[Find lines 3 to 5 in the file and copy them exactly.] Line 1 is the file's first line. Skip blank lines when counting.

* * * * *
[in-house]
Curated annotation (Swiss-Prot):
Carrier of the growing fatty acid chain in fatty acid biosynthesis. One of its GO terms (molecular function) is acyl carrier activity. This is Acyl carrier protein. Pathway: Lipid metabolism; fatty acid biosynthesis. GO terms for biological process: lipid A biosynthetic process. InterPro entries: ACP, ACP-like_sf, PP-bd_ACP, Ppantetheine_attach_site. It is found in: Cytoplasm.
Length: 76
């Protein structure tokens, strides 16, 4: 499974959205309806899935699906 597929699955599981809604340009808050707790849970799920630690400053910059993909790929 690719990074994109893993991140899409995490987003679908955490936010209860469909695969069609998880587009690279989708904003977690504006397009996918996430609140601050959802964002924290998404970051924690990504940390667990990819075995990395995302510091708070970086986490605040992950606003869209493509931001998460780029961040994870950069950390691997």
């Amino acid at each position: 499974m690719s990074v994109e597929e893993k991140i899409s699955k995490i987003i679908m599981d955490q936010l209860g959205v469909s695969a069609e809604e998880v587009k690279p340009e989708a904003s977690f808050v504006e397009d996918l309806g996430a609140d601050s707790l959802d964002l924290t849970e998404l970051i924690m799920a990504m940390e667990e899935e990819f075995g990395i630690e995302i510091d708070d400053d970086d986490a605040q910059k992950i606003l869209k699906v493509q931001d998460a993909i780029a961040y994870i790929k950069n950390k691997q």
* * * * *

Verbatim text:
Carrier of the growing fatty acid chain in fatty acid biosynthesis. One of its GO terms (molecular function) is acyl carrier activity. This is Acyl carrier protein. Pathway: Lipid metabolism; fatty acid biosynthesis. GO terms for biological process: lipid A biosynthetic process. InterPro entries: ACP, ACP-like_sf, PP-bd_ACP, Ppantetheine_attach_site. It is found in: Cytoplasm.
Length: 76
């Protein structure tokens, strides 16, 4: 499974959205309806899935699906 597929699955599981809604340009808050707790849970799920630690400053910059993909790929 690719990074994109893993991140899409995490987003679908955490936010209860469909695969069609998880587009690279989708904003977690504006397009996918996430609140601050959802964002924290998404970051924690990504940390667990990819075995990395995302510091708070970086986490605040992950606003869209493509931001998460780029961040994870950069950390691997």